Newsweek magazine reports that unlike the rest of Southeast Asia, fundamentalist violence in Thailand is becoming worse. Experts say that Thailand now faces the worst unrest since it annexed the Muslim region bordering Malaysia in 1902, and that the violence could spread north. The military junta has begun hinting that it might make an aggressive push to regain control over the south, which could raise the level of bloodshed. Ultrasecretive and horizontally integrated into autonomous cells, the insurgents are now thought to number 3,000, according to the article.
A team of four Thai students won first prize in the software writing competition at Microsoft's 2007 Imagine Cup competition in Seoul, South Korea. The four students from two universities in Bangkok wrote a program that enables computers to 'voice' typed and handwritten text for people who are illiterate. The team was comprised of Chatuporn Sukkasem, Pratchaya Paisanwipatpong and Patompol Sang-u-raiporn from Kasetsart University and Wasant Cheanmaneetaweesin from Chulalongkorn University. The team received a US$25,000 cash prize. The competition attracted 344 students from 112 teams representing 59 countries.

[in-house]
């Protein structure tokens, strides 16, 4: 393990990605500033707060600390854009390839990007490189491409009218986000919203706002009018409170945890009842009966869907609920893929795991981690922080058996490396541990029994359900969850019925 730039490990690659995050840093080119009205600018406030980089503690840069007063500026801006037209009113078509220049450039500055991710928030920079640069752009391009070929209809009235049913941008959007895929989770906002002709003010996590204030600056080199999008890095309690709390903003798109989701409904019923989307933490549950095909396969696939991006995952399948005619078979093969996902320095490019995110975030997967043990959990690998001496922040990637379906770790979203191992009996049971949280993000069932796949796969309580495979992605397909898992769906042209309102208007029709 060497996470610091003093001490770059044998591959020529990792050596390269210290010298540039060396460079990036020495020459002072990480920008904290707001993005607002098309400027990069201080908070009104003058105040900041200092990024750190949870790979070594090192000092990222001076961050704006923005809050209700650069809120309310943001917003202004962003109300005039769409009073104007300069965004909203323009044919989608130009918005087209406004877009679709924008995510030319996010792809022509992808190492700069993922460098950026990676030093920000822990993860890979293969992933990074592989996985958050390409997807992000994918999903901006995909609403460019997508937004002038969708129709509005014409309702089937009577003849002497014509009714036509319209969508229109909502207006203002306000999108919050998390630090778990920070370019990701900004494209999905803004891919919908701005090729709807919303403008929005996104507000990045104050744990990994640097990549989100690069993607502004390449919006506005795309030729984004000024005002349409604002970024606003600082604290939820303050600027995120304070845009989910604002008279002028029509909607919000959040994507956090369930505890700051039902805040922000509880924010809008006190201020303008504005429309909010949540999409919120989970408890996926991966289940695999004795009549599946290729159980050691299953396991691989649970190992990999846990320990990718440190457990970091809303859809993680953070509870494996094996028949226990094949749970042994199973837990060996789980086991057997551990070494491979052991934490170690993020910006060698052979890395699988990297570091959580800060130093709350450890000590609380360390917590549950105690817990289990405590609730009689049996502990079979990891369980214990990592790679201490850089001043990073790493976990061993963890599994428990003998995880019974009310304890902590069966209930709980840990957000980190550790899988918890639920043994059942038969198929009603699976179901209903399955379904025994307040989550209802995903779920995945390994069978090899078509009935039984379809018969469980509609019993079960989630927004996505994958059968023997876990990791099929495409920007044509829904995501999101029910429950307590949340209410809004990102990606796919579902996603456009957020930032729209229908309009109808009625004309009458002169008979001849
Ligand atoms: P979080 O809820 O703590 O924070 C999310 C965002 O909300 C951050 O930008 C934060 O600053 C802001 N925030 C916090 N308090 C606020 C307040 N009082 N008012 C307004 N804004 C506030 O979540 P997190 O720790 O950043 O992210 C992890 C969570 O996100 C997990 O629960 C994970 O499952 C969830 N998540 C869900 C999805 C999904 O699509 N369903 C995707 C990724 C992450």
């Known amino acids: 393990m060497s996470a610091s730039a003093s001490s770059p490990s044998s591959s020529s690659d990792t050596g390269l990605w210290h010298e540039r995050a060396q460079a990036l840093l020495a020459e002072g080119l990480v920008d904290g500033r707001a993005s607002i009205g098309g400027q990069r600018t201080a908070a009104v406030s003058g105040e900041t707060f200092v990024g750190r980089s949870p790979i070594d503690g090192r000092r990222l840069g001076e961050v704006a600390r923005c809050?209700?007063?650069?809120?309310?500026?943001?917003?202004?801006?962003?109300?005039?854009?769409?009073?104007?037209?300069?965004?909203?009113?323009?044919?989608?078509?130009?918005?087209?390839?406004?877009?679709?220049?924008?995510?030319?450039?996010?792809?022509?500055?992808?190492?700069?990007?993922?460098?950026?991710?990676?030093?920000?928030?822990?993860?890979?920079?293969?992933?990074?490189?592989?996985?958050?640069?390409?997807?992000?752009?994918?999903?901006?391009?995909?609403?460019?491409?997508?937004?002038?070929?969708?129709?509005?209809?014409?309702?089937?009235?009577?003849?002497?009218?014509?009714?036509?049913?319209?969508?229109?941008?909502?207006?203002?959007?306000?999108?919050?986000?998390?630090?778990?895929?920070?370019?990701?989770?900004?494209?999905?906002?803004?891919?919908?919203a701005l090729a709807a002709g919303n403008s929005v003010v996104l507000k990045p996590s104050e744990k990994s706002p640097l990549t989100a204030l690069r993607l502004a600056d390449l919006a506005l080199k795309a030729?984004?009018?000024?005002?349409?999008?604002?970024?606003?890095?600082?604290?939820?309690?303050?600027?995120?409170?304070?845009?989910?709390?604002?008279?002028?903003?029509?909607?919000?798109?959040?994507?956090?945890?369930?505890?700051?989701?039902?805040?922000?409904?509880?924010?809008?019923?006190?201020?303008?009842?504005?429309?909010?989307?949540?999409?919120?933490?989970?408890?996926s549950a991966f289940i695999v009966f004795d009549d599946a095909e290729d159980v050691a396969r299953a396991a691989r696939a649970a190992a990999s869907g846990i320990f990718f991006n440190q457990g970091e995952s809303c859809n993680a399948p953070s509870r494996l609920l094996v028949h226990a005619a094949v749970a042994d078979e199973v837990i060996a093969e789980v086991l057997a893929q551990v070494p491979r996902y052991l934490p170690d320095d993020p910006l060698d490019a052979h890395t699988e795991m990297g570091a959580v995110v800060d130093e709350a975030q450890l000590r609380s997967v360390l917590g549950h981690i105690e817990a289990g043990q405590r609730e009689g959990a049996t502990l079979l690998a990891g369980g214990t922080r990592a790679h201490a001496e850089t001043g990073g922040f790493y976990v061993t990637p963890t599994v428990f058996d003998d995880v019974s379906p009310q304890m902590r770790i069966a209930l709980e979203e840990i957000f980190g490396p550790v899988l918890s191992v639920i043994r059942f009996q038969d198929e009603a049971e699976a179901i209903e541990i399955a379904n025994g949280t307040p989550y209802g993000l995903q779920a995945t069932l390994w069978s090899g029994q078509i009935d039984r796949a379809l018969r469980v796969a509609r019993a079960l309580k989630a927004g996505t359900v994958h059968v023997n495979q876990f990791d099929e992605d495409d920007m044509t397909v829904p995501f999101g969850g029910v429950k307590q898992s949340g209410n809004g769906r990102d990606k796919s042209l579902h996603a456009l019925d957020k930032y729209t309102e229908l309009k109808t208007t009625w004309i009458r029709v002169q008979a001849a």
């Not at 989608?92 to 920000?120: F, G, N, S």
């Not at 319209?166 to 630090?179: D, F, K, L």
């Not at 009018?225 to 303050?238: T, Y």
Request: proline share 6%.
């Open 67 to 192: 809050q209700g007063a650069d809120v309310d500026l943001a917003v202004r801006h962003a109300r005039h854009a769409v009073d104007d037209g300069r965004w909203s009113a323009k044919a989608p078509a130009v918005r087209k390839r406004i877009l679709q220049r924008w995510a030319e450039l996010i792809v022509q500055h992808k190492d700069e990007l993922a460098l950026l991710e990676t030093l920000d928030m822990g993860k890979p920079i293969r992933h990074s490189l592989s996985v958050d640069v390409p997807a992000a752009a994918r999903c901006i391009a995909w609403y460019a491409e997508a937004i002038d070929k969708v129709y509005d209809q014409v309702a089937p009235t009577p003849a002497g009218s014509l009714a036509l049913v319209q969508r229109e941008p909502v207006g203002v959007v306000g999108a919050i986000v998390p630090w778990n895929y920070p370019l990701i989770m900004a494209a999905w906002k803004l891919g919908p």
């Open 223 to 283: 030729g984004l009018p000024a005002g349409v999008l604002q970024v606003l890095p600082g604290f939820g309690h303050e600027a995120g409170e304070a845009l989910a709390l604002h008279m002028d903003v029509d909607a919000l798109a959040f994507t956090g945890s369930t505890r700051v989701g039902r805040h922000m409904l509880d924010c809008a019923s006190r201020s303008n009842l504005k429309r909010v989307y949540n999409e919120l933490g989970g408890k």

Journalist Aaron Goodman takes a look at the conflict in Southern Thailand in this video report from PBS. Goodman explains why the insurgency is taking place, and what is being done to stop the violence. He meets with Soraya Jamjuree, a lecturer at Prince Songkhla University in the southern province of Pattani, who offers support to the women and children in remote villages who have been caught up in the violence. Goodman was in Pattani on the day of the Chinese New Year attacks, in which 30 bombs exploded in the area, killing six people and wounding more than 60. Goodman said that many analysts believe the insurgency remains an internal conflict, although some claim that Muslim teachers trained in Pakistan and the Middle East have imported a radical form of Islam into Thailand.